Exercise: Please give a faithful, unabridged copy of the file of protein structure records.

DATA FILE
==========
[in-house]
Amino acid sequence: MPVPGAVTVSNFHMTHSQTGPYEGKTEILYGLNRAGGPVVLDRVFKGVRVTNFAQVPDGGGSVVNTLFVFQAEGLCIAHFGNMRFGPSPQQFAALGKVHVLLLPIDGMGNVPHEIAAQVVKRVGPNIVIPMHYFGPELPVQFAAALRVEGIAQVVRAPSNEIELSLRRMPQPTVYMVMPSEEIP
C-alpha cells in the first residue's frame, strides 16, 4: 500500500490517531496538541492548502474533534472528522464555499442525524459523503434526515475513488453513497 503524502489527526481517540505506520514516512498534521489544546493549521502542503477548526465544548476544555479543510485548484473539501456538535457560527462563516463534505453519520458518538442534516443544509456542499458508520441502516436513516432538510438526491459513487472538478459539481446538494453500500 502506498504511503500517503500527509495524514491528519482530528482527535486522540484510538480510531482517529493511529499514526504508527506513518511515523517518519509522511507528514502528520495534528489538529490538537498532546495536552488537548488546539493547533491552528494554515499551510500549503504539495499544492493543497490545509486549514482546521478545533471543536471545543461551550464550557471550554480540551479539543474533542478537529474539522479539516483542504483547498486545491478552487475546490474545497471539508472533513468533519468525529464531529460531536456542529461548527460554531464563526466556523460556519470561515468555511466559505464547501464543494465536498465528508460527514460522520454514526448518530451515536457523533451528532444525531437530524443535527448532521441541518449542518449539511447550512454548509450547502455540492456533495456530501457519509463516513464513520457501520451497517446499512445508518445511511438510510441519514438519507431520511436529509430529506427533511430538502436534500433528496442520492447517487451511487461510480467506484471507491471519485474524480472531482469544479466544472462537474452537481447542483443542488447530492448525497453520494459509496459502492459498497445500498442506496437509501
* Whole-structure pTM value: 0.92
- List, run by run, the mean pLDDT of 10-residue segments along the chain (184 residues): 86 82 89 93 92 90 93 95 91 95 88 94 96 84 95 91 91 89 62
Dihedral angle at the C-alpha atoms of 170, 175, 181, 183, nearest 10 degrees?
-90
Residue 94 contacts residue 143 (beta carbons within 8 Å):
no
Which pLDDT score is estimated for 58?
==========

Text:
[in-house]
Amino acid sequence: MPVPGAVTVSNFHMTHSQTGPYEGKTEILYGLNRAGGPVVLDRVFKGVRVTNFAQVPDGGGSVVNTLFVFQAEGLCIAHFGNMRFGPSPQQFAALGKVHVLLLPIDGMGNVPHEIAAQVVKRVGPNIVIPMHYFGPELPVQFAAALRVEGIAQVVRAPSNEIELSLRRMPQPTVYMVMPSEEIP
C-alpha cells in the first residue's frame, strides 16, 4: 500500500490517531496538541492548502474533534472528522464555499442525524459523503434526515475513488453513497 503524502489527526481517540505506520514516512498534521489544546493549521502542503477548526465544548476544555479543510485548484473539501456538535457560527462563516463534505453519520458518538442534516443544509456542499458508520441502516436513516432538510438526491459513487472538478459539481446538494453500500 502506498504511503500517503500527509495524514491528519482530528482527535486522540484510538480510531482517529493511529499514526504508527506513518511515523517518519509522511507528514502528520495534528489538529490538537498532546495536552488537548488546539493547533491552528494554515499551510500549503504539495499544492493543497490545509486549514482546521478545533471543536471545543461551550464550557471550554480540551479539543474533542478537529474539522479539516483542504483547498486545491478552487475546490474545497471539508472533513468533519468525529464531529460531536456542529461548527460554531464563526466556523460556519470561515468555511466559505464547501464543494465536498465528508460527514460522520454514526448518530451515536457523533451528532444525531437530524443535527448532521441541518449542518449539511447550512454548509450547502455540492456533495456530501457519509463516513464513520457501520451497517446499512445508518445511511438510510441519514438519507431520511436529509430529506427533511430538502436534500433528496442520492447517487451511487461510480467506484471507491471519485474524480472531482469544479466544472462537474452537481447542483443542488447530492448525497453520494459509496459502492459498497445500498442506496437509501
* Whole-structure pTM value: 0.92
- List, run by run, the mean pLDDT of 10-residue segments along the chain (184 residues): 86 82 89 93 92 90 93 95 91 95 88 94 96 84 95 91 91 89 62
Dihedral angle at the C-alpha atoms of 170, 175, 181, 183, nearest 10 degrees?
-90
Residue 94 contacts residue 143 (beta carbons within 8 Å):
no
Which pLDDT score is estimated for 58?